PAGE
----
Naruto Shippuden Ultimate Ninja Storm Generations review (Xbox 360)
Will Naruto fans be disappointed or thrilled with this latest digital outing?
Naruto Shippuden Ultimate Ninja Storm Generations (Mercifully referred to as just Generations hereafter) could be a candidate for the longest video game title ever. Generations is the successor to Naruto Shippuden Ultimate Ninja Storm 2, and quite a few changes have been made to both gameplay and narrative setup. The most noticeable of which is that Generations has done away with the open world hub featured in the previous game, both a blessing and a curse. The inclusion of all story arcs, a bolstered character roster and the signature visual roller-coaster make for an appealing installment in the popular franchise.
The story follows Naruto, the blonde spiky-haired ninja and his friends on various adventures. The non-combat sections of the story are presented through an attractive combination of original anime-style footage and still images that serve as an informative narrative between fights.
In previous games the story mode followed the Anime almost exactly, which could be a confusing experience for newcomers. This problem was solved by splitting important characters’ stories into separate chapters, which are unlocked as the player finishes the main chapters. Playing through a single character’s chapter makes it easier to understand where they fit into the complex Naruto universe, instead of trying to follow all the sub-plots right from the start. The more condensed storytelling of Generations manages to capture the heartfelt story of the Naruto franchise while excluding confusing or somewhat irrelevant aspects.
The gameplay is very straight-forward for a fighter: Attack, ranged weapons, jump, etc, are each assigned to a face button. Combinations of these buttons will execute different attacks, ranging from simple physical combos to spectacular special move animations. Charging up your “chakra” bar allows the special attacks to be used, each of which has an impressive animation to showcase these attacks in all their glory.
Characters have a few simple combos and even less special attacks, so the same moves will be making appearances quite often. Items can be assigned to the D-Pad that have various effects, such as recovering health or boosting attack for a short period. Support characters offer a little extra depth; the use of a shoulder button will call an ally to either defend or attack, and can be used to extend combos.
Just like the previous Ninja Storm titles, Generations truly shines in terms of its graphics and visual presentation. Everything from the larger-than-life boss fights to the anime cut scenes are stunning and make for a very involving experience. Even though there aren’t any minute expressions to convey or environmental detail to expose, the look of the game captures the bright and upbeat nature of the series brilliantly. A minor fault could be the battle environments; although visually attractive they’re not interactive at all, and the different settings offer no unique features.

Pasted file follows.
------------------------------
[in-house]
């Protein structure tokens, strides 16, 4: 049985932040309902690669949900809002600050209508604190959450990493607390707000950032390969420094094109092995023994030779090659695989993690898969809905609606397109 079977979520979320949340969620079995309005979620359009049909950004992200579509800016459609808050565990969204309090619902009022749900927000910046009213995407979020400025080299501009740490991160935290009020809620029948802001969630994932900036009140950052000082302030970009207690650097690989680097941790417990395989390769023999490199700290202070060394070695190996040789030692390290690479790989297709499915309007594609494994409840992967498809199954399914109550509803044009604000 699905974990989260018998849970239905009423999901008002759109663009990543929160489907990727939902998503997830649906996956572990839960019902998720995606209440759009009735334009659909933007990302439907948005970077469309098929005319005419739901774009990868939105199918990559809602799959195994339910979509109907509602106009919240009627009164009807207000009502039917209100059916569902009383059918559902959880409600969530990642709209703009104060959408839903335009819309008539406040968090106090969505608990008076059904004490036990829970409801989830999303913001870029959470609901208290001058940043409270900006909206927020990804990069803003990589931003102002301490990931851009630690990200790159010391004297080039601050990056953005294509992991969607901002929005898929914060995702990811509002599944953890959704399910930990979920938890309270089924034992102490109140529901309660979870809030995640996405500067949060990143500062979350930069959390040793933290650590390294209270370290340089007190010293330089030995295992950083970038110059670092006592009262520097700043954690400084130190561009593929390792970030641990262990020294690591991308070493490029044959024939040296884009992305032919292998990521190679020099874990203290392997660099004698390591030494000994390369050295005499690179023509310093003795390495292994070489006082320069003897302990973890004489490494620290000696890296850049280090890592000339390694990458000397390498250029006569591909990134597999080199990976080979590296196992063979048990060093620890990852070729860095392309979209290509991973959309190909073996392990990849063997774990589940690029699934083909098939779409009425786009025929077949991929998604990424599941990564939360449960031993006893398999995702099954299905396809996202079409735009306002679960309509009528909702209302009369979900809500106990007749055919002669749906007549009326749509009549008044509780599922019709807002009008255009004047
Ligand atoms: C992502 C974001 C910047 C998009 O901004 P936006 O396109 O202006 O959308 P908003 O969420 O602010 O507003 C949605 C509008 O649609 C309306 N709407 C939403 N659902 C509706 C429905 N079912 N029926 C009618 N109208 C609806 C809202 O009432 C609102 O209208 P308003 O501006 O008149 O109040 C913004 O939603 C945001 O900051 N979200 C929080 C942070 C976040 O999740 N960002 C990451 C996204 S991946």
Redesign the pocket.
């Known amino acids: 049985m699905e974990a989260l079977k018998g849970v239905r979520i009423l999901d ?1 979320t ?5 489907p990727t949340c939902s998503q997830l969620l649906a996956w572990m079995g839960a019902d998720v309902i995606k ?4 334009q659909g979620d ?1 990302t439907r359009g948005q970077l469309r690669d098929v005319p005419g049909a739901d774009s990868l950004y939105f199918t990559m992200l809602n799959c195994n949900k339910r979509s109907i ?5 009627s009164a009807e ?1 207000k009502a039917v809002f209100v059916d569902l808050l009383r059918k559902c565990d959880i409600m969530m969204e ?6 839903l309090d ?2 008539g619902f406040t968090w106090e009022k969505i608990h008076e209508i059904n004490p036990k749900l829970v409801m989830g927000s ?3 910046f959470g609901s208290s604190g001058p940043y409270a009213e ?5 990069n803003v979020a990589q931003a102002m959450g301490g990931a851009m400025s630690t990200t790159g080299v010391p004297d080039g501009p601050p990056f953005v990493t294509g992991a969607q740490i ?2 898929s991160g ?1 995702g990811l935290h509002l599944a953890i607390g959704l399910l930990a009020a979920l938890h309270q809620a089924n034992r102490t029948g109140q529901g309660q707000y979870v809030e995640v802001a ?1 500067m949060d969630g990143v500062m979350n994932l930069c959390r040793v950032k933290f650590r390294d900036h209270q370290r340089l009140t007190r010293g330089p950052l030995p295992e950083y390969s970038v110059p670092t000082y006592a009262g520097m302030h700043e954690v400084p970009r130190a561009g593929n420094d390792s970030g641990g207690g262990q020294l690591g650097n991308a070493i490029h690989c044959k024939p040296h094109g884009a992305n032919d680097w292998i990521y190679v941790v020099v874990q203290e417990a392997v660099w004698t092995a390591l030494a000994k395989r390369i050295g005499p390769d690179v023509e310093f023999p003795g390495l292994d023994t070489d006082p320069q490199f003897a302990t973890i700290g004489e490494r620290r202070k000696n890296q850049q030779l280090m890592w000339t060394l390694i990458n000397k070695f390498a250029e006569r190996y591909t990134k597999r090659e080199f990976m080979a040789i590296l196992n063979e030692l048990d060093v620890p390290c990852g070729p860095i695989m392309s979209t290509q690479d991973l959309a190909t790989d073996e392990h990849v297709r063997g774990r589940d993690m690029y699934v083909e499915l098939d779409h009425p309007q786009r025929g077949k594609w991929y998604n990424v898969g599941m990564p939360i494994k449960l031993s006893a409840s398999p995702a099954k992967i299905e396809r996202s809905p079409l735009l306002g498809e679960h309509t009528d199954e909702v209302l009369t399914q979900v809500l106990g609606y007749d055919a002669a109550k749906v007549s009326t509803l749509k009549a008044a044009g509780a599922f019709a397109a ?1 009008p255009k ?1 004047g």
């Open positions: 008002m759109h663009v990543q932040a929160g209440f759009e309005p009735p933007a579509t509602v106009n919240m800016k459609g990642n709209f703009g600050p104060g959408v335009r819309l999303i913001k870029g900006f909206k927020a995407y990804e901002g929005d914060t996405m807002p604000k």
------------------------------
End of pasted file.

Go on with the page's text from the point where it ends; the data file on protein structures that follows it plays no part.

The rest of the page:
A much lauded feature from the Ninja Storm series is the appearance of several voice actors from the anime. Generations continues this feature and many characters from the game share their voice actors with the TV counterpart. This lends it a lot of credibility and helps solidify an authentic experience of the story. The musical score assists in conveying the gravity of epic battles as well as the comedy of more light-hearted moments.
Generations really delivers fan service and unlockable content by the buckets. Scrolling down to “Shop” in the main menu opens a cartload of content that can be bought using the game’s currency. Still images and videos, battle items and online player titles are but a few of the things available to purchase. There is also a gallery mode where special moves, cut scenes and replays of online battles can be viewed. The developers really went out of their way to include a variety of content for the Naruto faithful, and it won’t be wasted on those new to the series.
The offline modes are quite vast by themselves, but they’re accompanied by an equally impressive online offering. Ranked or unranked one-on-one battles, 4 player fights and 8 player skirmishes keep the online interesting and varied, with the added feature of being able to save replays to the gallery. Input lag is almost a non-issue and the connections seem quite stable across the board. Beware though, the majority of the players online know what they’re doing; a good grasp of the mechanics are necessary to come out with self-esteem intact.
The game isn’t without faults though. Established fans might feel that the more succinct narrative style fails to explore all the sub-plots and relationships between minor characters. This isn’t necessarily a bad thing; Ninja Storm 2 may have tried to include too much and felt overwhelming at times. In all departments the game is better than average, although it may not be everyone’s cup of tea, there isn’t any one feature that can significantly detract from the overall package. Generations has quite a lot to offer, and will dispel any assumptions that Naruto is just another immature anime with a story walking in the shadow of its epic fights.